Serving the Defendant

Once the plaintiff files their small claims case, they must notify the defendant(s) of the lawsuit. A plaintiff may effect service of process on defendants using the following methods:

  • Request the Clerk's Office: If the plaintiff has filed less than three small claims in a month, they may request the clerk of court to effect service on the defendant. To do so, the plaintiff must file an Affidavit and Request for Service form.
  • First-Class Mail: The plaintiff may send the Statement of Claim and two Notice of Service forms to the defendant. The plaintiff must send it by first-class mail and include a self-addressed envelope that the defendant may use to send a signed Notice of Service form back to the plaintiff.
  • Certified Mail: The plaintiff may send the necessary forms via certified mail. The plaintiff must send the mail as restricted delivery and request a return receipt. The post office will return the return receipt to the plaintiff if the defendant signed it.
  • Sheriff's Office: The plaintiff may request the sheriff in the county where the defendant lives to serve the defendant. If the sheriff serves the defendant, the sheriff will return the Statement of Claim with a notice of service.

The plaintiff must file the Statement of Claim and notice of service within 20 days of serving the defendant. Once the plaintiff files the case, the court will notify the parties of the court date.

Responding to a Small Claims Case

A defendant who receives notice of a small claims case filed against them does not need to file any response. Instead, they should prepare for the small claims hearing date. If the defendant does not appear for the scheduled hearing date, the court may enter a default judgment against them. If the court enters a default judgment in favor of the plaintiff, the plaintiff will prevail on their claims.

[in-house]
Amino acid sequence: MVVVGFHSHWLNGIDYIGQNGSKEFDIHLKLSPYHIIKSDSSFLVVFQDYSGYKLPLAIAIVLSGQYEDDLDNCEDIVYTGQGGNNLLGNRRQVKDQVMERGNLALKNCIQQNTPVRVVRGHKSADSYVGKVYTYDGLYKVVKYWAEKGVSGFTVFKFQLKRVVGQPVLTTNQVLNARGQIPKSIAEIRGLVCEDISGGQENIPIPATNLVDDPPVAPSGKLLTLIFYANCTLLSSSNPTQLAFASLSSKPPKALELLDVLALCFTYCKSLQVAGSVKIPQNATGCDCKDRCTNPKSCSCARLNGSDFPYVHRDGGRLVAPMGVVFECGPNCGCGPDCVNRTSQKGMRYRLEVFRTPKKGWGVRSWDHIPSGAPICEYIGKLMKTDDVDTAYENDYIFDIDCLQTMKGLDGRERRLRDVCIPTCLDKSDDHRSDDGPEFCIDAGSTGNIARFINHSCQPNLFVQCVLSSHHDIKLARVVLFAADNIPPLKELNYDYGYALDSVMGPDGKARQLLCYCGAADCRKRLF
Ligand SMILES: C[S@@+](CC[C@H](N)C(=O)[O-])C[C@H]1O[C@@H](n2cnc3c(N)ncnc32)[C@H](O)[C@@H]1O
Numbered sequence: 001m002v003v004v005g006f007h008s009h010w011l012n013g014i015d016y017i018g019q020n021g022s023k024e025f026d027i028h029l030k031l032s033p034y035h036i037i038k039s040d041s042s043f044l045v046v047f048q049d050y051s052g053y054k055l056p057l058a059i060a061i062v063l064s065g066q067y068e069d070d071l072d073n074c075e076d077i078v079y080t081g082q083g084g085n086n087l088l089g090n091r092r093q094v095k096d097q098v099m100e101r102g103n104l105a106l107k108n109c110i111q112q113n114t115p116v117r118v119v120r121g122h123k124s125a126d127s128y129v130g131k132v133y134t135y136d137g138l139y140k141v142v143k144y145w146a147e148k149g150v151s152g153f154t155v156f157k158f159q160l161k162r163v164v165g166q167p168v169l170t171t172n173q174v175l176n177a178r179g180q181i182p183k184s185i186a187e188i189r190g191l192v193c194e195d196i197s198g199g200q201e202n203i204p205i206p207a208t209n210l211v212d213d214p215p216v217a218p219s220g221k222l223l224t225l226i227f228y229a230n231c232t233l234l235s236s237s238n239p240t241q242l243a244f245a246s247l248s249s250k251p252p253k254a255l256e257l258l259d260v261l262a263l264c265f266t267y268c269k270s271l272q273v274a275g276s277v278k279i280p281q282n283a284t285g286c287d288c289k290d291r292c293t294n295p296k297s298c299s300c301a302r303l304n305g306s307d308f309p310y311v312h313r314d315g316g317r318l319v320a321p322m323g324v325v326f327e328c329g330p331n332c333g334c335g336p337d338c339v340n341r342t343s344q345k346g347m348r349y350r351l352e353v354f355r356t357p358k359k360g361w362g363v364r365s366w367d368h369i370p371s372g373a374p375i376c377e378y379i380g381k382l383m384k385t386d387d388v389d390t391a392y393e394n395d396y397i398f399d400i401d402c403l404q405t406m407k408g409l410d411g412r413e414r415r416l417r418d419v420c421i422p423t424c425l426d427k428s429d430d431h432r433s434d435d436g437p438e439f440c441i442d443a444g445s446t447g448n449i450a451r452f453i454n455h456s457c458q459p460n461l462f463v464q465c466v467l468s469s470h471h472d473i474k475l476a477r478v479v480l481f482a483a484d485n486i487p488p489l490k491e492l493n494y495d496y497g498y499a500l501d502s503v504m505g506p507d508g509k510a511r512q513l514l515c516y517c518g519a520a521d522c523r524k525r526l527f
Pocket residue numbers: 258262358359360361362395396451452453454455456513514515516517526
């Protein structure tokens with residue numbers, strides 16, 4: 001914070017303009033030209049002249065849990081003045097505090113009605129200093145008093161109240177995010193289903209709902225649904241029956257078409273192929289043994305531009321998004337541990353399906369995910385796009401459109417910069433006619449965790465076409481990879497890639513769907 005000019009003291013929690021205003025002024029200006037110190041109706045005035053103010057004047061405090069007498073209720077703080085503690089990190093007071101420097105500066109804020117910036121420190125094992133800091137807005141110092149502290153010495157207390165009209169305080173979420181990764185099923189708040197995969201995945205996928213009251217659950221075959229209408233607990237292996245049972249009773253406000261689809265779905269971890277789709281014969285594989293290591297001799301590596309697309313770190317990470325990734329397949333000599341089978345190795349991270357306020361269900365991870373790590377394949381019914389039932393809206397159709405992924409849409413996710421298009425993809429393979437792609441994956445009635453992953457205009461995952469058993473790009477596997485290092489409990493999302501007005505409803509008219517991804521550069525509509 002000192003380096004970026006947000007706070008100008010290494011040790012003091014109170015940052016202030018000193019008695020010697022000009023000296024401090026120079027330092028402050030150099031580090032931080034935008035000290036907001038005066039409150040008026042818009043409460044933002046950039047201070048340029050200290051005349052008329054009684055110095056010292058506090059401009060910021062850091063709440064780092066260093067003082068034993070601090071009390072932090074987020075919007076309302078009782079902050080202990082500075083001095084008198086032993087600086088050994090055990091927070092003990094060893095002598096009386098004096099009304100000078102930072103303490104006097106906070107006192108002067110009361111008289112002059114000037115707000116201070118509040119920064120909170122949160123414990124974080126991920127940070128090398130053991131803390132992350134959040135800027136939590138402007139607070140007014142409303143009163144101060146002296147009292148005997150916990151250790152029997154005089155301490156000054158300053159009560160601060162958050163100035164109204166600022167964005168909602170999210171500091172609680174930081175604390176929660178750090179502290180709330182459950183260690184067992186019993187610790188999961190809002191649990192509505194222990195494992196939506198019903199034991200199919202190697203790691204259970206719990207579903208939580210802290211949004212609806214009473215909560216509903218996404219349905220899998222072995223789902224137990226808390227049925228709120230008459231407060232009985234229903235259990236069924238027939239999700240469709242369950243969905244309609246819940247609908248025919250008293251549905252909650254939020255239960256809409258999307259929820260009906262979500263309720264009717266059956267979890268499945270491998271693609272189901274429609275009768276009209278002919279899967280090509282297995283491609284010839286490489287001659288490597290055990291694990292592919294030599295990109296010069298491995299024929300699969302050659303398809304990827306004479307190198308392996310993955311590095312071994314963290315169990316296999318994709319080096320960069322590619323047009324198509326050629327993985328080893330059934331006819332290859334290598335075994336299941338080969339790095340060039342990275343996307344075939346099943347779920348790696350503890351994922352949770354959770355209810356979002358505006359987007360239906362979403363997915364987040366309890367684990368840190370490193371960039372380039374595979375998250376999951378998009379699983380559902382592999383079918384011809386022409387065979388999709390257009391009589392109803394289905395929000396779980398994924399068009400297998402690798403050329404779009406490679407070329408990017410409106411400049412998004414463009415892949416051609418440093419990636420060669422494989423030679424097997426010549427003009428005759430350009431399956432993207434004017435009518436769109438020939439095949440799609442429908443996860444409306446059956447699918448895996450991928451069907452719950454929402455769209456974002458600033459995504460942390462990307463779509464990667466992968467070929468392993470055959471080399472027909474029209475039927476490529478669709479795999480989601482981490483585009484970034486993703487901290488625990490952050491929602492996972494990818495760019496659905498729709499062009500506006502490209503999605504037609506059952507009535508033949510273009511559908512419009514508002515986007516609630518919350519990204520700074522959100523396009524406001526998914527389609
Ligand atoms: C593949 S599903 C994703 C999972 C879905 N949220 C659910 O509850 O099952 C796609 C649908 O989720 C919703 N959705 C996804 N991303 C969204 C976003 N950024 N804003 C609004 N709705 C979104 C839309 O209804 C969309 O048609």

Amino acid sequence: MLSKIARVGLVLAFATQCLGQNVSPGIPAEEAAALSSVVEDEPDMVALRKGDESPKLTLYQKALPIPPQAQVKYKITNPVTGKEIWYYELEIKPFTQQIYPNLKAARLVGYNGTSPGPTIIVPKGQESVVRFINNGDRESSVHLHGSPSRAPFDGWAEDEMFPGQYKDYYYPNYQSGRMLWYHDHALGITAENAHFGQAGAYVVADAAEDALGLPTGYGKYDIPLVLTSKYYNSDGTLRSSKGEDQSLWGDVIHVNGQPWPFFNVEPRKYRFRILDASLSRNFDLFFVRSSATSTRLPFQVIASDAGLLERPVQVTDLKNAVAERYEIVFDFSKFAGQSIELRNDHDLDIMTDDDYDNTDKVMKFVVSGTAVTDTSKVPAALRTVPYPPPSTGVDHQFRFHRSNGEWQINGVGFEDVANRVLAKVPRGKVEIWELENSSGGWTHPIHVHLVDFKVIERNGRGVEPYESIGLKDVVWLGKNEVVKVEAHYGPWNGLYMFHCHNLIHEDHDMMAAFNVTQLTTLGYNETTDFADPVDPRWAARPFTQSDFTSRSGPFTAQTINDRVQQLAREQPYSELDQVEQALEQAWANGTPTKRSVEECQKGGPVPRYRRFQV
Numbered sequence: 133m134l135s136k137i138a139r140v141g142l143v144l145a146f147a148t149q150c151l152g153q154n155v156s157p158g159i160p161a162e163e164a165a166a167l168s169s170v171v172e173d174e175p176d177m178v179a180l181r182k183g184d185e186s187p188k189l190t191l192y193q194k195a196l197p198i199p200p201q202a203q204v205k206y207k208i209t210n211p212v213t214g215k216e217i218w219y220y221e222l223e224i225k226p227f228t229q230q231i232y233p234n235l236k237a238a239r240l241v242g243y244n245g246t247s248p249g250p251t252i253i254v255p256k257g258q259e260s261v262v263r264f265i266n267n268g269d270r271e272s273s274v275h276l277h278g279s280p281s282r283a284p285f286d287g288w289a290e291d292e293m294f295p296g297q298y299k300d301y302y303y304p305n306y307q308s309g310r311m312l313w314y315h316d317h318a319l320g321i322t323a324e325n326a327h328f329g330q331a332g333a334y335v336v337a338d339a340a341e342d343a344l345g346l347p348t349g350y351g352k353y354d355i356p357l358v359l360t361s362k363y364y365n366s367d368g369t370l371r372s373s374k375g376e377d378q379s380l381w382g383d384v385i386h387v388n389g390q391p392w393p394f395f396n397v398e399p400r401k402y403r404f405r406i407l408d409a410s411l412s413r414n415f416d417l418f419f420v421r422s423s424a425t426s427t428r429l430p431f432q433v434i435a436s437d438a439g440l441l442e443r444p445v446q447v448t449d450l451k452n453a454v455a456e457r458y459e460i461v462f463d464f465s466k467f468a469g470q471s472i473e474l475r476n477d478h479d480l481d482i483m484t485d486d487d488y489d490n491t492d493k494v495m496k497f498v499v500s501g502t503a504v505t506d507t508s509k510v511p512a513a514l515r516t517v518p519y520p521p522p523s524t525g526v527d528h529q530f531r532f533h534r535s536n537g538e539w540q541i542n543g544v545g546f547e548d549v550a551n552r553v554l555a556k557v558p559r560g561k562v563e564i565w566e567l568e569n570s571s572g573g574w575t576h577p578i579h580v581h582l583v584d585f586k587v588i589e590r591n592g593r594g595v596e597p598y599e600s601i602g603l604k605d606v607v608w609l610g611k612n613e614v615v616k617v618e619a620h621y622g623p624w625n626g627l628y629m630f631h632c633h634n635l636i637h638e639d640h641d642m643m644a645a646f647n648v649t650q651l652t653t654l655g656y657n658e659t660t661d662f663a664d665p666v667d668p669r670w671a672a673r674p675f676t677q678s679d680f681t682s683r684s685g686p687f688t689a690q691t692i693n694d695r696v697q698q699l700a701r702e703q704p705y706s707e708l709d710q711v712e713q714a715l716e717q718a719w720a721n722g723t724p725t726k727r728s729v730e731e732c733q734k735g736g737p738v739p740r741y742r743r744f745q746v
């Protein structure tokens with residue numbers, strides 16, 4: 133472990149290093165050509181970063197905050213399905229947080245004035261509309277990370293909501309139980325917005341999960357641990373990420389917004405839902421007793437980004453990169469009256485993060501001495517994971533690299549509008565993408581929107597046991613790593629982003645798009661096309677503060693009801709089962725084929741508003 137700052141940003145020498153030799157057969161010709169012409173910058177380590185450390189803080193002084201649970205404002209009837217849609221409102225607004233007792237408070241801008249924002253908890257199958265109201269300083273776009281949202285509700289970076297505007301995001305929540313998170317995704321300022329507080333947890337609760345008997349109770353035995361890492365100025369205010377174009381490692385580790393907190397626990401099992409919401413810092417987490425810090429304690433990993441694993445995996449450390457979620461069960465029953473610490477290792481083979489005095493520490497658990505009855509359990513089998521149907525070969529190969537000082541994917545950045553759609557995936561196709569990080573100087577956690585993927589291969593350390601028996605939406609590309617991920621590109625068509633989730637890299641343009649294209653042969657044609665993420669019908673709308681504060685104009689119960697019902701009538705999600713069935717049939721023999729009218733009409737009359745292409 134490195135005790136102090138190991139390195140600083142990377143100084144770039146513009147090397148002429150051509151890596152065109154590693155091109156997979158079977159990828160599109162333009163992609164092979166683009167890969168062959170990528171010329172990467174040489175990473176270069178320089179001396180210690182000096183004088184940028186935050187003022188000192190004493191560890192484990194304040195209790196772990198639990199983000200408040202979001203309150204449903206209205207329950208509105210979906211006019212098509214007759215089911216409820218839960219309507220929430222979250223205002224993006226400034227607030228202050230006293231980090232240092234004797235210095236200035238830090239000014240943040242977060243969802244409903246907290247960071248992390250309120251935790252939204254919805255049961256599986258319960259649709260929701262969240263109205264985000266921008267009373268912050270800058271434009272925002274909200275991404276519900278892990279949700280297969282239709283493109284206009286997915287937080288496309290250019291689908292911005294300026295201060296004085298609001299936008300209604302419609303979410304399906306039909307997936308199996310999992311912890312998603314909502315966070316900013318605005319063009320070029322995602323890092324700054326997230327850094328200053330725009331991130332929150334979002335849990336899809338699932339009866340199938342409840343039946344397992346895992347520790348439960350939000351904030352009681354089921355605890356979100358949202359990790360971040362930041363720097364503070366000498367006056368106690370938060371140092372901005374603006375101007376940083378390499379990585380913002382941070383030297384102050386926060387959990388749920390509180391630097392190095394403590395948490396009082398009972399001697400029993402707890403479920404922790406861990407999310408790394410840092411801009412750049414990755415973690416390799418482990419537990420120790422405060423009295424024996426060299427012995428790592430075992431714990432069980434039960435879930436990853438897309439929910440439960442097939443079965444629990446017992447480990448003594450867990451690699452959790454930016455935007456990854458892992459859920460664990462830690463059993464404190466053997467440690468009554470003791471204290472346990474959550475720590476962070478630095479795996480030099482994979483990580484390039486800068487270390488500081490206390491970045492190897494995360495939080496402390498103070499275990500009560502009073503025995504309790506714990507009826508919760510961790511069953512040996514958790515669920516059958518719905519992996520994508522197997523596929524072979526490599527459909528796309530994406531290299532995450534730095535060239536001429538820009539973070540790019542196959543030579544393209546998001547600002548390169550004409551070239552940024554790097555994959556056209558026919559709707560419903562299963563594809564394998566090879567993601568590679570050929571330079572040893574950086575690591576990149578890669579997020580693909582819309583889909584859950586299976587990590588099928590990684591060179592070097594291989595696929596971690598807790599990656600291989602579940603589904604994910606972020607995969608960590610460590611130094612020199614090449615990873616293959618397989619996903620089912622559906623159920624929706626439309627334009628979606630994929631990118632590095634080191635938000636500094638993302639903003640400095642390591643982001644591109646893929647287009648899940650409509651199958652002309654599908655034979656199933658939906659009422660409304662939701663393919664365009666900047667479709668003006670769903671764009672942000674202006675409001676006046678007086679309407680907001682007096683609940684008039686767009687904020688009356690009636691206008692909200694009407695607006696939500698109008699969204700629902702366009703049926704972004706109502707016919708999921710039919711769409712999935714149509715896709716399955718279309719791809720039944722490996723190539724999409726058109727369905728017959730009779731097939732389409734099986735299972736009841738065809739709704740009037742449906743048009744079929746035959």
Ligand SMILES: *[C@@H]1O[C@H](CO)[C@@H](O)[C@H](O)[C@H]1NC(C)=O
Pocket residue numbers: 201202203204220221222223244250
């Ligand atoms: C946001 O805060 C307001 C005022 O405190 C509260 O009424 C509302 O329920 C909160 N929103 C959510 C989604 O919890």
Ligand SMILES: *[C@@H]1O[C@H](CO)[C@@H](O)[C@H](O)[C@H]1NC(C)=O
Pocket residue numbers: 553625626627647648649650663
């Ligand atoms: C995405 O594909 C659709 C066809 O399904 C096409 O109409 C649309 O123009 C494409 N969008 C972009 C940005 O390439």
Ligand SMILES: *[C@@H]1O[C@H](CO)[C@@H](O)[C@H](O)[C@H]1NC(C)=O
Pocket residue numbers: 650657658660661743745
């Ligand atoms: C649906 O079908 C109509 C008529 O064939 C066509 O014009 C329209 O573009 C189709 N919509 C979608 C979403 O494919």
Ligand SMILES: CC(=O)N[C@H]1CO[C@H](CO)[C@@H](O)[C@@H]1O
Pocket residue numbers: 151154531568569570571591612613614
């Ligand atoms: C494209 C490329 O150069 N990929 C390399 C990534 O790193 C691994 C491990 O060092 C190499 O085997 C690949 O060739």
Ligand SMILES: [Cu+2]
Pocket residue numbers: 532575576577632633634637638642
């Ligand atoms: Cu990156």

The parties may discuss and settle their case before the small claims hearing occurs.

The Small Claims Hearing

Before the small claims case hearing, parties may gather evidence to present their case. They may also identify and secure witnesses to testify at the hearing. If a witness makes it clear they will not willingly appear at the hearing, a party may request the court issue a subpoena. A subpoena is a court order that compels a witness to appear and testify.

On the hearing date, the judge may ask the parties if they want to mediate the case. If they agree, a neutral mediator will discuss the claim with the parties and attempt to reach an amicable resolution. If the mediation fails, the parties will proceed to the court hearing.

At the hearing, the parties will provide opening statements to the court. Then, the plaintiff will present their case, including giving evidence and calling witnesses to testify. If a party calls a witness to testify, the other party can cross-examine the witness. The defendant will present their case once the plaintiff finishes presenting their case.

The judge will issue their opinion as to who wins or loses the case.

Enforcing a Judgment

The prevailing party is responsible for collecting the money judgment. The parties may communicate regarding how the judgment debtor will pay the judgment creditor. If the judgment debtor does not willingly satisfy the judgment, the judgment creditor may request a disclosure hearing. At the disclosure hearing, the court will determine if the judgment debtor has the assets or income to satisfy the judgment.

Contact an Attorney

If you are involved in a small claims case in Maine, consider contacting a civil litigation attorney. An attorney can provide a significant advantage to a party in a small claims case, especially if the other party has not retained one. Even if you do not intend to retain an attorney, they can provide helpful legal advice regarding a litigation or defense strategy regarding the claim.